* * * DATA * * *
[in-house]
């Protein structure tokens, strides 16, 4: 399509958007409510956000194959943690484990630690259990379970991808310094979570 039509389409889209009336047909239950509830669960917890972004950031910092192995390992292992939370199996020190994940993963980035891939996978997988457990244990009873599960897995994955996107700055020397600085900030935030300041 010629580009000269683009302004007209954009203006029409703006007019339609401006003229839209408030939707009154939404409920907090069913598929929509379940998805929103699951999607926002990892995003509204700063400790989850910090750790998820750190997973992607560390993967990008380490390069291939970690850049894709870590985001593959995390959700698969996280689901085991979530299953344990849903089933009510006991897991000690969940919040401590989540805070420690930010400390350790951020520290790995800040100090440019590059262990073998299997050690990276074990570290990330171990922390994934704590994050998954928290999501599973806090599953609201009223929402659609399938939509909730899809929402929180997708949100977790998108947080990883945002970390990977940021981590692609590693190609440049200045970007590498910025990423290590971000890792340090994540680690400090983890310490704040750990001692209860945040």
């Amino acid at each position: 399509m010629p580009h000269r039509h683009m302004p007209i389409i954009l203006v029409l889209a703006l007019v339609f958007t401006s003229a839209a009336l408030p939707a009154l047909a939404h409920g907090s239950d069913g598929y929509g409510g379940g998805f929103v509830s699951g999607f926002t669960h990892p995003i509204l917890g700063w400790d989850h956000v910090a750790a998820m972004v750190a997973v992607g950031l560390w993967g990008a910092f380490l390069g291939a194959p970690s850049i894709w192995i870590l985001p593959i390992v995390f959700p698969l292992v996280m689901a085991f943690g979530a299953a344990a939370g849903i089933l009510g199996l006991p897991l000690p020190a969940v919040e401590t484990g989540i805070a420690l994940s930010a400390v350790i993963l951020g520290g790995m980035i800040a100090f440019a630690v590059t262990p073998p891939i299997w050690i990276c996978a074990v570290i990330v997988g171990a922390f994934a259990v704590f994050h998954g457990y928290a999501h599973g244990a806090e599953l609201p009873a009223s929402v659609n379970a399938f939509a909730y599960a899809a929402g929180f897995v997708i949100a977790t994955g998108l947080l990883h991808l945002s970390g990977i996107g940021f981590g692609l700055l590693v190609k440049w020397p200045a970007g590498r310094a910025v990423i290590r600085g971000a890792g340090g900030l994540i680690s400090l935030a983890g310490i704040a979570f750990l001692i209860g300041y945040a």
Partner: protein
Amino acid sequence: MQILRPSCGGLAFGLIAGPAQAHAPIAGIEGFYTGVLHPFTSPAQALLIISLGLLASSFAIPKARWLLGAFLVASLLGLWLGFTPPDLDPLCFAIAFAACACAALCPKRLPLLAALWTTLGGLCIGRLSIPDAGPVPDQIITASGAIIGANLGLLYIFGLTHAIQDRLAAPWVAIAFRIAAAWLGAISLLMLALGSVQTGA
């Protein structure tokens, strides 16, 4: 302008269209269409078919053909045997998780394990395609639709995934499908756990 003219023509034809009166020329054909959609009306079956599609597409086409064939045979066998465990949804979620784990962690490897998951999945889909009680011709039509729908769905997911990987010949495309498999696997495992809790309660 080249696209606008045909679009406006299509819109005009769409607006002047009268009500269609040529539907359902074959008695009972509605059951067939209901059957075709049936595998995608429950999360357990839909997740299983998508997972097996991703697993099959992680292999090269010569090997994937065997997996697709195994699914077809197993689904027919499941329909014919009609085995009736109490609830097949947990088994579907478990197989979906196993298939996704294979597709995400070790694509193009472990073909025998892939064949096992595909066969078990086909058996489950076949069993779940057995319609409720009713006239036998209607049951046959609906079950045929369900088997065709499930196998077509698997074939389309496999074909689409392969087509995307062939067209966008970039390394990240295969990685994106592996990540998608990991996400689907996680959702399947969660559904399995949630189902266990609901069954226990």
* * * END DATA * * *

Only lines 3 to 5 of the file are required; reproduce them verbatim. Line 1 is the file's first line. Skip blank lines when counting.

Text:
């Amino acid at each position: 399509m010629p580009h000269r039509h683009m302004p007209i389409i954009l203006v029409l889209a703006l007019v339609f958007t401006s003229a839209a009336l408030p939707a009154l047909a939404h409920g907090s239950d069913g598929y929509g409510g379940g998805f929103v509830s699951g999607f926002t669960h990892p995003i509204l917890g700063w400790d989850h956000v910090a750790a998820m972004v750190a997973v992607g950031l560390w993967g990008a910092f380490l390069g291939a194959p970690s850049i894709w192995i870590l985001p593959i390992v995390f959700p698969l292992v996280m689901a085991f943690g979530a299953a344990a939370g849903i089933l009510g199996l006991p897991l000690p020190a969940v919040e401590t484990g989540i805070a420690l994940s930010a400390v350790i993963l951020g520290g790995m980035i800040a100090f440019a630690v590059t262990p073998p891939i299997w050690i990276c996978a074990v570290i990330v997988g171990a922390f994934a259990v704590f994050h998954g457990y928290a999501h599973g244990a806090e599953l609201p009873a009223s929402v659609n379970a399938f939509a909730y599960a899809a929402g929180f897995v997708i949100a977790t994955g998108l947080l990883h991808l945002s970390g990977i996107g940021f981590g692609l700055l590693v190609k440049w020397p200045a970007g590498r310094a910025v990423i290590r600085g971000a890792g340090g900030l994540i680690s400090l935030a983890g310490i704040a979570f750990l001692i209860g300041y945040a």
Partner: protein
Amino acid sequence: MQILRPSCGGLAFGLIAGPAQAHAPIAGIEGFYTGVLHPFTSPAQALLIISLGLLASSFAIPKARWLLGAFLVASLLGLWLGFTPPDLDPLCFAIAFAACACAALCPKRLPLLAALWTTLGGLCIGRLSIPDAGPVPDQIITASGAIIGANLGLLYIFGLTHAIQDRLAAPWVAIAFRIAAAWLGAISLLMLALGSVQTGA